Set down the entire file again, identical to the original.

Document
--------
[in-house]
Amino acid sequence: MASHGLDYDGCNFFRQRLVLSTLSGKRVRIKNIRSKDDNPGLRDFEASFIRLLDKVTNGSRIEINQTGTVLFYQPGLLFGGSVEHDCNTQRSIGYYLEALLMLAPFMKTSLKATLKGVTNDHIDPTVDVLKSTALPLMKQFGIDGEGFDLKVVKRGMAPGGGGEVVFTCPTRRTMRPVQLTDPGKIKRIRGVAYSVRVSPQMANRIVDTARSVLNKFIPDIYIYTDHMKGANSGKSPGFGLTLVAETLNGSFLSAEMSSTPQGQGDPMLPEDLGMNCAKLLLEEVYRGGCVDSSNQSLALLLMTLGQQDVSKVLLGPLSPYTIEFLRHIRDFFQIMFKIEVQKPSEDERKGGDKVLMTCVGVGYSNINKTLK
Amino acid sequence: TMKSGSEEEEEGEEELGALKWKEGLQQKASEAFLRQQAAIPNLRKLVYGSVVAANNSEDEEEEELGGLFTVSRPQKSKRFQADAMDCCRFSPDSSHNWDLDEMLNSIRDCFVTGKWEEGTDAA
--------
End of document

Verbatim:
[in-house]
Amino acid sequence: MASHGLDYDGCNFFRQRLVLSTLSGKRVRIKNIRSKDDNPGLRDFEASFIRLLDKVTNGSRIEINQTGTVLFYQPGLLFGGSVEHDCNTQRSIGYYLEALLMLAPFMKTSLKATLKGVTNDHIDPTVDVLKSTALPLMKQFGIDGEGFDLKVVKRGMAPGGGGEVVFTCPTRRTMRPVQLTDPGKIKRIRGVAYSVRVSPQMANRIVDTARSVLNKFIPDIYIYTDHMKGANSGKSPGFGLTLVAETLNGSFLSAEMSSTPQGQGDPMLPEDLGMNCAKLLLEEVYRGGCVDSSNQSLALLLMTLGQQDVSKVLLGPLSPYTIEFLRHIRDFFQIMFKIEVQKPSEDERKGGDKVLMTCVGVGYSNINKTLK
Amino acid sequence: TMKSGSEEEEEGEEELGALKWKEGLQQKASEAFLRQQAAIPNLRKLVYGSVVAANNSEDEEEEELGGLFTVSRPQKSKRFQADAMDCCRFSPDSSHNWDLDEMLNSIRDCFVTGKWEEGTDAA